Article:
Iraq by the numbers:
36 -- Tennessee Army National Guard units deployed
97 -- Tennesseans killed; 598 wounded
19 -- Military members with Chattanooga connections killed
141 -- Georgians killed; 862 wounded
73 -- Alabamians killed; 550 wounded
110 -- North Carolinians killed; 819 wounded
4,484 -- U.S. troops killed; 30,108 wounded
58,977 -- Iraqis killed, both civilian and military
March 19, 2003 -- Combat begins
December 2011 -- Final U.S. troops withdraw
Source: Times Free Press archives, U.S. Department of Defense, The Associated Press
It was a war begun in fear, confusion and hubris.
It was a war where soldiers saw quick progress, then loss, followed by a sinking sense of failure.
For a time, with a surge of troops, successes came, progress followed, a chance.
Our soldiers stopped dying and came home. Iraqis kept dying in bombings, shootings, raids.
Still, there was hope.
Now, as a Sunni insurgency has overrun key towns and taken U.S. equipment to further its fighting and President Barack Obama sends hundreds of military advisers to Iraq while weighing options on what comes next, American veterans of the Iraq War look back and ask:
Was it all worth it?
The 4,484 Americans lost, the 30,108 wounded, the untold number forever suffering, the 60,000 or more Iraqi dead -- all tally on one side of war's ledger. On the other side of that ledger: ink-stained Iraqi fingers from the first democratic election in its history, schools built, water and electricity flowing, an oppressed people liberated.
"Honestly, I'm ... angry and there's a part of me ... I want to saddle up and go back," said James Renfro, a retired Tennessee Army National Guard sergeant who served an Iraq combat tour from 2007 to 2008 with the Chattanooga-based 181st Field Artillery Battalion.
The 48-year-old Harrison man knows what he feels. He also knows it isn't that simple.
He hears "Mosul" or "Tikrit," names of places as meaningful to him as Normandy, Pusan or Khe Sanh were to previous generations. He hears those places have fallen or are under attack, places where some of his buddies died.
"What was their sacrifice for?" he said. "Why would we sacrifice another American life?"
He's not alone in his whirlwind of thoughts about what happened, what's happening and what will happen in Iraq.
Randy Cooley went to Iraq twice, both times with Tennessee Guard units. In his first tour he got to secure positions as Iraqis held their first election.
"I really enjoyed my time over there," said Cooley, 53. "Just seeing people being able to vote."
But there were dark times, too. Car bombs that killed swaths of people. A friend and fellow soldier lost.
When he left after his second tour in 2008, in the midst of the U.S.-led troop surge, he saw that the Iraqi military wasn't ready. A little more than two years later, in December 2011, American troops withdrew from the country.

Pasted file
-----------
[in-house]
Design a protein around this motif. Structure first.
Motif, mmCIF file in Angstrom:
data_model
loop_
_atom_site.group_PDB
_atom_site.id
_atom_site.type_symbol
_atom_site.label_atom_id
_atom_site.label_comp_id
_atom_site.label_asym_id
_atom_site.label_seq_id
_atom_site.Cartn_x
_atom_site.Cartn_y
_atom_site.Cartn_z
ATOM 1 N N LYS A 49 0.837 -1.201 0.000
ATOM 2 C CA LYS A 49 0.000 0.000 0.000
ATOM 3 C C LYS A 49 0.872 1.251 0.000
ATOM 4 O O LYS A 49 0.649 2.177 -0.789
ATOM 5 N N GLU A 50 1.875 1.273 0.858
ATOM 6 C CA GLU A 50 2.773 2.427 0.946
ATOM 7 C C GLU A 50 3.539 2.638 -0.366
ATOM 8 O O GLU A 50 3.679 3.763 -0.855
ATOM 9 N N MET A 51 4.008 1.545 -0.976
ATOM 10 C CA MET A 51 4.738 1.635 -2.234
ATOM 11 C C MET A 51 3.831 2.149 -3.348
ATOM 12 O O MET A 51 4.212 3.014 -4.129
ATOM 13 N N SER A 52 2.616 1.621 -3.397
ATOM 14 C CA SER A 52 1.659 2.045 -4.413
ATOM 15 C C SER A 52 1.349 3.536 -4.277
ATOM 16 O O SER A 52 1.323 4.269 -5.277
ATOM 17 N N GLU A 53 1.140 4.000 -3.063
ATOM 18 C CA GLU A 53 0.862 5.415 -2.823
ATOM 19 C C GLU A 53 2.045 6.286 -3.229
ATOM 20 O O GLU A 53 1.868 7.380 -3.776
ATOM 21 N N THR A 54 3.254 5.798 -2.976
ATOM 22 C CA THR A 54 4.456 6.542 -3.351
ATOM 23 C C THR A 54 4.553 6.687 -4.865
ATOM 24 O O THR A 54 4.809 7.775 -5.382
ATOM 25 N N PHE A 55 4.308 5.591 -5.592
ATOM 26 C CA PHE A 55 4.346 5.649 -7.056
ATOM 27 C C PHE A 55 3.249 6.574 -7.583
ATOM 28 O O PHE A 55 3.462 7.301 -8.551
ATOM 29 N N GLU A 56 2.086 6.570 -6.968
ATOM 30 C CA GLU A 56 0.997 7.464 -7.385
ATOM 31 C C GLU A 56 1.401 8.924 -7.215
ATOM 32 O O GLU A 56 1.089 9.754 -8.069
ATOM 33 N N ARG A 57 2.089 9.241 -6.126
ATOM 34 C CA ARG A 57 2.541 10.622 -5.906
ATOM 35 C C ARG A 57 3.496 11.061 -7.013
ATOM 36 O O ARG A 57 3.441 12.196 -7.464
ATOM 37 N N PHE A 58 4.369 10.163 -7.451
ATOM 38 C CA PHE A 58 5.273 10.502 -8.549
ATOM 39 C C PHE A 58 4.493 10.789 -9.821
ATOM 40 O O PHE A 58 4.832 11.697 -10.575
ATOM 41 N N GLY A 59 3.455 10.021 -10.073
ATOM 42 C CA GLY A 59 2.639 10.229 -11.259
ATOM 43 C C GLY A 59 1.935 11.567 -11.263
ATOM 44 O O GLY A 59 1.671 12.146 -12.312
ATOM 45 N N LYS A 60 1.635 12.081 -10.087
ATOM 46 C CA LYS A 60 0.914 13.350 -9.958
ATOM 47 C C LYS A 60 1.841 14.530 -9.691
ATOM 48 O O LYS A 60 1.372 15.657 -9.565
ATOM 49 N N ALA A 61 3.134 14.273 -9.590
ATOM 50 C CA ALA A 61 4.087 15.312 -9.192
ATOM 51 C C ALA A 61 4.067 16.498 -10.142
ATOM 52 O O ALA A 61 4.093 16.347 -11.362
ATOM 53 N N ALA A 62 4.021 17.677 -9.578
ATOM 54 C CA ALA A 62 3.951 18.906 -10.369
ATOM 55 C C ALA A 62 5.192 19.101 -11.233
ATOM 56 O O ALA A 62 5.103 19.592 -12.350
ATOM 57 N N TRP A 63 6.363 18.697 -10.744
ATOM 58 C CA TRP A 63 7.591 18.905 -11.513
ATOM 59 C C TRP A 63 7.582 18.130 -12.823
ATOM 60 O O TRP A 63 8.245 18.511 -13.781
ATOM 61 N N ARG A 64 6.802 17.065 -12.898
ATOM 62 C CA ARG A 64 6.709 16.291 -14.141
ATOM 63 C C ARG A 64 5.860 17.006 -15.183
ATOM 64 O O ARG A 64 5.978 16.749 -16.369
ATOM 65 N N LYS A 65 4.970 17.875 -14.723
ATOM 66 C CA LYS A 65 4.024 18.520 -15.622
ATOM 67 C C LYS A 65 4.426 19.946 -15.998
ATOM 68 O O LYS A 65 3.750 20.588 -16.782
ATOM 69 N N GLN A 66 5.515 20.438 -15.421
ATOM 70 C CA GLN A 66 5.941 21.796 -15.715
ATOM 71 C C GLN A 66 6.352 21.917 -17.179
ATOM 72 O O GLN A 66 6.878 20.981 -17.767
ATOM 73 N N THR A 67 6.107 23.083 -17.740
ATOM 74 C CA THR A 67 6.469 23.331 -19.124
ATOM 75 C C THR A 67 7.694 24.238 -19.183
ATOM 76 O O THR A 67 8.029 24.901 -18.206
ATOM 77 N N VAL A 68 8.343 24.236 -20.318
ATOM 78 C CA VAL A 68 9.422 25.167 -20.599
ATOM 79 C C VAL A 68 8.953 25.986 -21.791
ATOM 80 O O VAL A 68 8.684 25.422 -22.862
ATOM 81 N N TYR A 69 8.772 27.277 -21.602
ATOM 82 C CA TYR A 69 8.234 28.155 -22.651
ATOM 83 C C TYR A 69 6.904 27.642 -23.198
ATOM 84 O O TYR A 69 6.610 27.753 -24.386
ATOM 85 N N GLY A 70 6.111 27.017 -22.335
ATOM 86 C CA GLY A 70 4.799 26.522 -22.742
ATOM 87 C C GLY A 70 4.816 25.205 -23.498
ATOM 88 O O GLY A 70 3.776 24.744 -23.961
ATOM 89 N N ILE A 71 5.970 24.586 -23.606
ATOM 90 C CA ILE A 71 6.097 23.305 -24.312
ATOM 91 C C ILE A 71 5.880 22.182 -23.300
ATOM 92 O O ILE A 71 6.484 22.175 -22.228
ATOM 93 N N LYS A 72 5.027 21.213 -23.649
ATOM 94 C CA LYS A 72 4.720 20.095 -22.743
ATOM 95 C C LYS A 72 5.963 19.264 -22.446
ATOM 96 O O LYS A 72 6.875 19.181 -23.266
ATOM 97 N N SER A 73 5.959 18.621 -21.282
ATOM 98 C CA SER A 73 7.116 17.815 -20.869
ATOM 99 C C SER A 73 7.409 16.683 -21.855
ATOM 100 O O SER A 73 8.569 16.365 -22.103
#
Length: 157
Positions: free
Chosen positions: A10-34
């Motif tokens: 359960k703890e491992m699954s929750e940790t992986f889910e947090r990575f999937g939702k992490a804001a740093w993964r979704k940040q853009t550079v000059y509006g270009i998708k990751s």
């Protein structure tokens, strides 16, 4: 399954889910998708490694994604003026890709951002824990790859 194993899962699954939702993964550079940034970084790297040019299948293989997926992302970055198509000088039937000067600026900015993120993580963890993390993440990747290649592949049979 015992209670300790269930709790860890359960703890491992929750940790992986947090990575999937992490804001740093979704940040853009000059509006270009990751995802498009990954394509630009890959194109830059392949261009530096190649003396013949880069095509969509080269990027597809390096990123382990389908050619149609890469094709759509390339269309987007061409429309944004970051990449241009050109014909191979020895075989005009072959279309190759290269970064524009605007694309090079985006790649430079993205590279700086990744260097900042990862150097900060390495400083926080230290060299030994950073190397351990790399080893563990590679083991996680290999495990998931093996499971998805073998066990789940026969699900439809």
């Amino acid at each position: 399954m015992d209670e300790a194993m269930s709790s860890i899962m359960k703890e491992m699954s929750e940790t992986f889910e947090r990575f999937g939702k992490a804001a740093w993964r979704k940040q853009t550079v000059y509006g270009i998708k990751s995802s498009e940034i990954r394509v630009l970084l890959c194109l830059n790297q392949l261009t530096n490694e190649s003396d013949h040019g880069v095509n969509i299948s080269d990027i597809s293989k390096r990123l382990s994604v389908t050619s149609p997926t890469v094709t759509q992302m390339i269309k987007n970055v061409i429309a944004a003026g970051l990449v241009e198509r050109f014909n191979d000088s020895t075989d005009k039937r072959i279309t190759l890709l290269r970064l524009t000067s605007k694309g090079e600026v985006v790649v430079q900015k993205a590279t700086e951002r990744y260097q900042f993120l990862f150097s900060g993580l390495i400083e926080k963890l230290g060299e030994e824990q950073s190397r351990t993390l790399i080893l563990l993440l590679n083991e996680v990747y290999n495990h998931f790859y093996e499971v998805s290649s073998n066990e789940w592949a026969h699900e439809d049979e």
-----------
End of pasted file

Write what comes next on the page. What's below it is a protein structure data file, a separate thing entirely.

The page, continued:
That's what Cooley and others veterans interviewed say was needed. Our military left too soon.
"I know you can't get bogged down in a war forever," Cooley said. But leaving a contingent of U.S. soldiers in Kuwait to respond quickly might have sent the message that insurgents couldn't continue their guerrilla war.
Forrest Langley's unit with the Army's 3rd Infantry Division was hit by 120 roadside bombs in the first four months of its 2005 tour. He later learned he had suffered traumatic brain injury after the second blast. Langley has three Purple Hearts.
"I feel like the whole time we shouldn't have gone there in the first place," said Langley, 48.
But once the country went to war, Langley said, we had an obligation to see it through.
"We should have been committed to keeping the lines open and keeping democracy safe no matter how many years it took," the Villanow, Ga., man said.
Roger Hankins had served most of his youth, 12 years, on active duty in the Army. He deployed for the Persian Gulf war in 1991 but left the service a few years later. After the Sept. 11, 2001, terror attacks he signed back up, determined to contribute.
The Tennessee Guard sent him to Iraq in 2004, near the American-friendly Kurdish region.
He got to work with Kurds, who remain mostly autonomous in the northern portion of Iraq. The American presence helped those people get a foothold and become more independent.
But he, too, agrees that troops should have stayed longer to continue stabilizing the country.
Whatever happens, Hankins said he's proud of his service there.
"Was it ever going to be a paradise?" he said. "I don't know, but it was definitely in better shape than when we got there."
Contact staff writer Todd South at email@example.com or 423-757-6347. Follow him on Twitter @tsouthCTFP.